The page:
14ymedio, Marcelo Hernandez, Havana, 19 September 2016 — A sign announces the sale of an apartment in Havana and stresses, in capital letters, that the “water never runs out” in the area. Not far away, another sign alerts neighbors of a multifamily building: “Starting today, the water-pump will only operate for one hour.” In the last three years, Cubans have lived with drought and water shortages, and forecasts suggest that the situation will not change in the coming months.
According to a recent report released by the engineer Abel Salas García of the National Institute of Hydraulic Resources (INRH), 48 of the country’s sources of supply are completely dry. Another 200 show partial affects, which means that more than 790,000 people receive water right now on a different cycle than what they were used to, and more than 50,000 receive their supply through tanker trucks.
To talk about the cycle “they were used to” alludes to the fact that in many places citizens have become accustomed, as a normal situation, to water only flowing to their homes every other day, or sometimes only three times week.
The areas with the highest cumulative rainfall between January and August were Artemisa, Isla de la Juventud, Pinar del Rio and Havana. At the other extreme, the least favored regions are Santiago de Cuba, Ciego de Ávila, Villa Clara, Sancti Spiritus and Cienfuegos.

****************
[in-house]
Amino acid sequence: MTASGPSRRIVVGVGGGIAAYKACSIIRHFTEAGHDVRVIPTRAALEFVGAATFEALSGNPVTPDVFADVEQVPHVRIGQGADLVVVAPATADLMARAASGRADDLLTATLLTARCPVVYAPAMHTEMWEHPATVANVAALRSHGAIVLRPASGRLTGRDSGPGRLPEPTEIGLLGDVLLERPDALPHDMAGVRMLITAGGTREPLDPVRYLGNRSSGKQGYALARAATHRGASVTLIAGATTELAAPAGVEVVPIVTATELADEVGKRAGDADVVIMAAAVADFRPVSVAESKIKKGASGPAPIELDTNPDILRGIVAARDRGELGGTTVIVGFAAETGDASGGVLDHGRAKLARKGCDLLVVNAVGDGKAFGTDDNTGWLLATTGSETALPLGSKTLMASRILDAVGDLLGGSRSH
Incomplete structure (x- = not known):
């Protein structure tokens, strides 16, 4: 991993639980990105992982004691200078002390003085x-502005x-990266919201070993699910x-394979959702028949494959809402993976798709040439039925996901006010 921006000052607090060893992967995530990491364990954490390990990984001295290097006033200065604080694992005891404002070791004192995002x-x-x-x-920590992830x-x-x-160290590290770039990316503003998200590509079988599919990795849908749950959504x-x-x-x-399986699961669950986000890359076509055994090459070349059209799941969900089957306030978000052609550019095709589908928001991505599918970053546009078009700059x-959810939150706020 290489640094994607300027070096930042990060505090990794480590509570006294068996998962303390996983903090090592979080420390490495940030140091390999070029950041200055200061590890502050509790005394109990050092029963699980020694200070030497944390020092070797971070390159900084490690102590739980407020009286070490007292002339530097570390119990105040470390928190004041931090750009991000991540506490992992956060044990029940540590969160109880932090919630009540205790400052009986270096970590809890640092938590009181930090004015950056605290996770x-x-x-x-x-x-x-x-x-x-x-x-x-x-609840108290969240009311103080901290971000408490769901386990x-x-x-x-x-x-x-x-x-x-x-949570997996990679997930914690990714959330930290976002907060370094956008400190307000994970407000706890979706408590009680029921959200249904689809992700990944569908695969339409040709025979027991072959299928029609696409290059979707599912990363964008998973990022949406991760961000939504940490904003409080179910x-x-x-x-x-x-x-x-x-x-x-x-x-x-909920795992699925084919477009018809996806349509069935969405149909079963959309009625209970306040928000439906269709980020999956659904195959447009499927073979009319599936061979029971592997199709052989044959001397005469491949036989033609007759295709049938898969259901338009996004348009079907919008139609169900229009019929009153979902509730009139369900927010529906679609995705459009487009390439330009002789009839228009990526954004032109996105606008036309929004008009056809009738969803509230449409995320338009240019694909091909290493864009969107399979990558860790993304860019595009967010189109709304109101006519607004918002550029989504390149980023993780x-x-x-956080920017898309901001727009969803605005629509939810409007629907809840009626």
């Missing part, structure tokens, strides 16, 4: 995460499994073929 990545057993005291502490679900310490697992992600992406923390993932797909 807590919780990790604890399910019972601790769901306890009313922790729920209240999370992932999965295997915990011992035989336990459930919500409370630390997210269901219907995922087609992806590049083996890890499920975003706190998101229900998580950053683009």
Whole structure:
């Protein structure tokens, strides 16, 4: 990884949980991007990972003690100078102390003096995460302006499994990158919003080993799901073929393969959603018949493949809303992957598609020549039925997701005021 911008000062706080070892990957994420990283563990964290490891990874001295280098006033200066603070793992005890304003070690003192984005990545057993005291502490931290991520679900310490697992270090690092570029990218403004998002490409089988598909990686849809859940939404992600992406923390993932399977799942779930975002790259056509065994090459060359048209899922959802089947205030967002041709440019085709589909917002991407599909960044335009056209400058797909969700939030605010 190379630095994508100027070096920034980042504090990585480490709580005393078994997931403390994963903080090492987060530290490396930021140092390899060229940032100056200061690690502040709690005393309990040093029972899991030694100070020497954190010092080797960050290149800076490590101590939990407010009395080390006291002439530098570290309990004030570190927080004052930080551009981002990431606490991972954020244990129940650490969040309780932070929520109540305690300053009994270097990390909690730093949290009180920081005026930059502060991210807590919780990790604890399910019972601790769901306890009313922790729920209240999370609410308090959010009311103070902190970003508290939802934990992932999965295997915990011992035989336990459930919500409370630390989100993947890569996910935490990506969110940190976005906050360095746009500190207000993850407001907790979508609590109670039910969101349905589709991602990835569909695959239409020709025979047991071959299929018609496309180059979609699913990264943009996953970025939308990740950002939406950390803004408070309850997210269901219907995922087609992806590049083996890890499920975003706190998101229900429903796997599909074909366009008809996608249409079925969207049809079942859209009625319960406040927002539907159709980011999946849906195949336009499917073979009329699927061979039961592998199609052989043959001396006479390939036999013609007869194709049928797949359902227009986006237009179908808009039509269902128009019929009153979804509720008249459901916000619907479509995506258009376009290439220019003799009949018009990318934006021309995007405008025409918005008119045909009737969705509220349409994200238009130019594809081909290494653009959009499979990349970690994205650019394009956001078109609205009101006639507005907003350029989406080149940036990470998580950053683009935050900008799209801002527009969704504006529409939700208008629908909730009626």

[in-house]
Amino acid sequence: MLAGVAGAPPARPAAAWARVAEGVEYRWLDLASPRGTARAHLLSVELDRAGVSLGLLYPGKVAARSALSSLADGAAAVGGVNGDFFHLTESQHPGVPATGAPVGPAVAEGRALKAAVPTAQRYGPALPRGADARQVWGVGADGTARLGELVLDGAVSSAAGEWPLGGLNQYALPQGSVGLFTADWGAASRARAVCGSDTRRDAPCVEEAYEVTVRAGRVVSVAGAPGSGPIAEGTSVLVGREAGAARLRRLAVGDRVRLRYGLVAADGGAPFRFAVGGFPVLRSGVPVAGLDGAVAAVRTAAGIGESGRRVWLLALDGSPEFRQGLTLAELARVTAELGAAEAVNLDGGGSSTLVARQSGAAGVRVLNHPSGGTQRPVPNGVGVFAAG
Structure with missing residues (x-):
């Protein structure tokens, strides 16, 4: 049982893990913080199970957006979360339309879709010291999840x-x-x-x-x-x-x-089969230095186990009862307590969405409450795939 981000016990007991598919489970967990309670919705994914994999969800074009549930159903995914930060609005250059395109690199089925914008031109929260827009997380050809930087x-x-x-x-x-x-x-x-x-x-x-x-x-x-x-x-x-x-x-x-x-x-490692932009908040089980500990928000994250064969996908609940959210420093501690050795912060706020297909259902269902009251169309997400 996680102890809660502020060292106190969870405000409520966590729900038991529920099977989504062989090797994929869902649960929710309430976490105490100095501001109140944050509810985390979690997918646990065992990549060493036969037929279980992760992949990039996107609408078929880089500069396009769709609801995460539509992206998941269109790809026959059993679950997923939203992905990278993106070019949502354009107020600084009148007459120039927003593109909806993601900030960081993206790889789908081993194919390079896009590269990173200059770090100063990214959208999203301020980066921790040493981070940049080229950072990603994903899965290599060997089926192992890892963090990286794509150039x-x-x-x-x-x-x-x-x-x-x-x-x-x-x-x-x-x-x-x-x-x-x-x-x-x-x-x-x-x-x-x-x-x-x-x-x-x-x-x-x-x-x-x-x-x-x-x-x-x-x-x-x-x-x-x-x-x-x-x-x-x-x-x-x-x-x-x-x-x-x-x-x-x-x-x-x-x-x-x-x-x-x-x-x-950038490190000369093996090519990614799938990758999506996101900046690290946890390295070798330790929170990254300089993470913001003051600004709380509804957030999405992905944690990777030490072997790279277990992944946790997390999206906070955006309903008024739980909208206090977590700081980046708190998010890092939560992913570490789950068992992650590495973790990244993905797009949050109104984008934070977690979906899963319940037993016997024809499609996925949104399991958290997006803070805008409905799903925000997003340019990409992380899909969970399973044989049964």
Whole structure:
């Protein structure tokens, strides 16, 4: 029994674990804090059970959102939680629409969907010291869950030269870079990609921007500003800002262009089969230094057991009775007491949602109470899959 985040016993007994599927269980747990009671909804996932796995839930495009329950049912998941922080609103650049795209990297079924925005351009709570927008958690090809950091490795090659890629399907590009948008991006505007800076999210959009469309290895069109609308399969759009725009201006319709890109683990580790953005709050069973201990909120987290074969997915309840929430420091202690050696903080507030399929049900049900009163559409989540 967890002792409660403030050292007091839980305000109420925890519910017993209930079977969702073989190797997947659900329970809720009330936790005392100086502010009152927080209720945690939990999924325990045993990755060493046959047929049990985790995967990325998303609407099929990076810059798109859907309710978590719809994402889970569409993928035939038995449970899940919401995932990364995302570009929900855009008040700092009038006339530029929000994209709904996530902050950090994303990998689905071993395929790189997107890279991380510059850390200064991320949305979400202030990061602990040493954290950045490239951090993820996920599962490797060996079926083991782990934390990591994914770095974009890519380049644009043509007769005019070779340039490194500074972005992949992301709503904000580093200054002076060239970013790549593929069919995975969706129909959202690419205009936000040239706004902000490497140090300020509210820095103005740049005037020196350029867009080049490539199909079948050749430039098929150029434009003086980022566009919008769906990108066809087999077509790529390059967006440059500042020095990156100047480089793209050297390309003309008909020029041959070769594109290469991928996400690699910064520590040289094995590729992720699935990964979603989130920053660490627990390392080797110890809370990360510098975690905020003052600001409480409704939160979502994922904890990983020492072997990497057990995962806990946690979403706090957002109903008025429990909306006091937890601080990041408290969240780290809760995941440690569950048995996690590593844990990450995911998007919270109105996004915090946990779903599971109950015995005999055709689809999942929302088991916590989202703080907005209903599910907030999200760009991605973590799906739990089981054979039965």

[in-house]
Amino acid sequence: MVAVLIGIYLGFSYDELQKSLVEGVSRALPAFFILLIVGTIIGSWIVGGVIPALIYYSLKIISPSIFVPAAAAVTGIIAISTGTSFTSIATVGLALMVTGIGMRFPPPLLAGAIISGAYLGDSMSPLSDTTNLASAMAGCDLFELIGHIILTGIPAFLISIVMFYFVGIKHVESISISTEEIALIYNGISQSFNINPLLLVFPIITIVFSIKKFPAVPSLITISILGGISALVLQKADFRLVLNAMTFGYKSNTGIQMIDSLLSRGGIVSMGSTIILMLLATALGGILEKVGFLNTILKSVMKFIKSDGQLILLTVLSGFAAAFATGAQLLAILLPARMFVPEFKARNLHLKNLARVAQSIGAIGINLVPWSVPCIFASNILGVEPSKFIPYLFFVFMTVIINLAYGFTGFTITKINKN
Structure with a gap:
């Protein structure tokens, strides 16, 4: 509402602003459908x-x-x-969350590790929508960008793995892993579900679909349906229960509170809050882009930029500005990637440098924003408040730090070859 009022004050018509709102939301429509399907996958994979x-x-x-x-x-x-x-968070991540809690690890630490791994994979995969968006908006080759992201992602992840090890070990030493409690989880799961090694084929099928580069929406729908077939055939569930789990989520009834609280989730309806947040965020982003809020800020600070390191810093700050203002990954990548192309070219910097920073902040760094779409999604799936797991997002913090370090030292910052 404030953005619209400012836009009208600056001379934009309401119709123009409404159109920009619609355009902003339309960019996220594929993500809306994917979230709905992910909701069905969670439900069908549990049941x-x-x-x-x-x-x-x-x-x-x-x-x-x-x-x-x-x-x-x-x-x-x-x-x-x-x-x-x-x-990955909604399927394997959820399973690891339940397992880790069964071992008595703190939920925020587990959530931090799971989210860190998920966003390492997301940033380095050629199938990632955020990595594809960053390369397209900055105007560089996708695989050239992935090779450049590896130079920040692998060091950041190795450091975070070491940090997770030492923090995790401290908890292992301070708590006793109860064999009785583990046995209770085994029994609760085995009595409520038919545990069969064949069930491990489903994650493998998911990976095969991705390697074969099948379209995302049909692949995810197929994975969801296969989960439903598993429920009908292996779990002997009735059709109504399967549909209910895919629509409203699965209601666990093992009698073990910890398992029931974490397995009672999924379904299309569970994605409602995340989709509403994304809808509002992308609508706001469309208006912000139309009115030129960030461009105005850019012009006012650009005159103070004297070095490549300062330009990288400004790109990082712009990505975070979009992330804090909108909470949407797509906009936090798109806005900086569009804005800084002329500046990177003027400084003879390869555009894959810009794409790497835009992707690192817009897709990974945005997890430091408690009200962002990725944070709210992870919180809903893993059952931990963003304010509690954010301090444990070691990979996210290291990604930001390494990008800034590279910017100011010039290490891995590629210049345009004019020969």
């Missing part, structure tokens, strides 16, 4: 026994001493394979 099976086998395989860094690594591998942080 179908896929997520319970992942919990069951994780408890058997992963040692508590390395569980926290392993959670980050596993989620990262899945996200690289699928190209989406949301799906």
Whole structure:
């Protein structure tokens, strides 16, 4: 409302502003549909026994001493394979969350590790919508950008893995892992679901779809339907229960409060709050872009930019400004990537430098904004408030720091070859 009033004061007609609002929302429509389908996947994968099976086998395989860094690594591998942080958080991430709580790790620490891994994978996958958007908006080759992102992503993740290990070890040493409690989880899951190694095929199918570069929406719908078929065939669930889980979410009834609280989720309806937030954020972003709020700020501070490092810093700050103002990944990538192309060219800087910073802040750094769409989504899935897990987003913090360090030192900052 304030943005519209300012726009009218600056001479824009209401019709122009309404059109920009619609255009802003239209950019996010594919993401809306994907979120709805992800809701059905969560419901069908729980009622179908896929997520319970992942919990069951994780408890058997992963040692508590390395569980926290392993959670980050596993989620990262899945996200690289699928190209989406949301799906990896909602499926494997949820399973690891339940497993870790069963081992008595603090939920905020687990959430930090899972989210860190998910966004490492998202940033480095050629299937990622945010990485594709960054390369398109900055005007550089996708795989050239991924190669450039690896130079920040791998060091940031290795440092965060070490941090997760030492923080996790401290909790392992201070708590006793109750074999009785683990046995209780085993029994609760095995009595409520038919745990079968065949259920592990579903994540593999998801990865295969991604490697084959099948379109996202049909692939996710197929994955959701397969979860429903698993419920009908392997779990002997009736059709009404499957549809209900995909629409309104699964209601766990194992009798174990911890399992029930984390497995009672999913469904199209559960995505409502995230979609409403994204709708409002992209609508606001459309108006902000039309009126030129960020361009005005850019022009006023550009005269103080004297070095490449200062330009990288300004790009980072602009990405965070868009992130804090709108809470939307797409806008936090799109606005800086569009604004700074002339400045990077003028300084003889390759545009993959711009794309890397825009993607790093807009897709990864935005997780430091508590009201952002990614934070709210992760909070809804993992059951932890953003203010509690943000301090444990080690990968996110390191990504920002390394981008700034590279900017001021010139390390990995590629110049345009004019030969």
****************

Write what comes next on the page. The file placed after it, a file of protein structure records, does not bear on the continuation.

In the specific case of Ciego de Avila, as detailed in the INRH report, of the 14 groundwater basins in that largely agricultural province, six are in critical condition.
In January, the reservoirs were filled to around 53% of their volume and, although up to August rains were close to the historical average in the three regions (eastern, central and west), at the end of August this rate was only 52%. In absolute terms, the country had 653 million cubic fewer meters of stored water than is usual for August.
According to experts, rainfall in the Cuban archipelago has been decreasing by around 1.6 inches annually, which they attribute to climate change and other environmental factors caused by the hand of man.
A lack of water caused by erratic rainfall is exacerbated in Cuba by wasteful leaks in the pipes, in over-wide pipes that bring more water to leak out, and in unstoppable domestic drips caused by lack of maintenance in homes where, given the high price of faucets and plumbing supplies, people find it cheaper to let the water flow uncontrolled than to fix the plumbing.